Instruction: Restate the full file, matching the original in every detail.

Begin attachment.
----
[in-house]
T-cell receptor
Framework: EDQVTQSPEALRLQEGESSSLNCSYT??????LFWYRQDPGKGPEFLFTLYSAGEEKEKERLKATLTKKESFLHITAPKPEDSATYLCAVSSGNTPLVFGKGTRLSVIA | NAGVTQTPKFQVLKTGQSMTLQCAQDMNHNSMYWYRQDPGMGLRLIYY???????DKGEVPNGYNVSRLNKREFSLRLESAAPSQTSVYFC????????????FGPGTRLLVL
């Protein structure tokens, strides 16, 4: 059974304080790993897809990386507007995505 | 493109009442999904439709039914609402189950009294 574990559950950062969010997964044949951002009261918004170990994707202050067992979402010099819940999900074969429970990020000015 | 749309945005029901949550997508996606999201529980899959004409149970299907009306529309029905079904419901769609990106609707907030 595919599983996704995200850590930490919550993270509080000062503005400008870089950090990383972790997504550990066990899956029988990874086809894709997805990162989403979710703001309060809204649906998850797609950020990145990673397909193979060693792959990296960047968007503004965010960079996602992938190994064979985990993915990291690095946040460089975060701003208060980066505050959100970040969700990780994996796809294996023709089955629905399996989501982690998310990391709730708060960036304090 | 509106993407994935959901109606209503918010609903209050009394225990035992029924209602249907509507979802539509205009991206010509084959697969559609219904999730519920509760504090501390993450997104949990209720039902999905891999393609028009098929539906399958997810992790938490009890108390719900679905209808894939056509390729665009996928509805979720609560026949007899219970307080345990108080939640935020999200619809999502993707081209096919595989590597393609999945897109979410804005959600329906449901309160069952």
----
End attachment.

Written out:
[in-house]
T-cell receptor
Framework: EDQVTQSPEALRLQEGESSSLNCSYT??????LFWYRQDPGKGPEFLFTLYSAGEEKEKERLKATLTKKESFLHITAPKPEDSATYLCAVSSGNTPLVFGKGTRLSVIA | NAGVTQTPKFQVLKTGQSMTLQCAQDMNHNSMYWYRQDPGMGLRLIYY???????DKGEVPNGYNVSRLNKREFSLRLESAAPSQTSVYFC????????????FGPGTRLLVL
């Protein structure tokens, strides 16, 4: 059974304080790993897809990386507007995505 | 493109009442999904439709039914609402189950009294 574990559950950062969010997964044949951002009261918004170990994707202050067992979402010099819940999900074969429970990020000015 | 749309945005029901949550997508996606999201529980899959004409149970299907009306529309029905079904419901769609990106609707907030 595919599983996704995200850590930490919550993270509080000062503005400008870089950090990383972790997504550990066990899956029988990874086809894709997805990162989403979710703001309060809204649906998850797609950020990145990673397909193979060693792959990296960047968007503004965010960079996602992938190994064979985990993915990291690095946040460089975060701003208060980066505050959100970040969700990780994996796809294996023709089955629905399996989501982690998310990391709730708060960036304090 | 509106993407994935959901109606209503918010609903209050009394225990035992029924209602249907509507979802539509205009991206010509084959697969559609219904999730519920509760504090501390993450997104949990209720039902999905891999393609028009098929539906399958997810992790938490009890108390719900679905209808894939056509390729665009996928509805979720609560026949007899219970307080345990108080939640935020999200619809999502993707081209096919595989590597393609999945897109979410804005959600329906449901309160069952």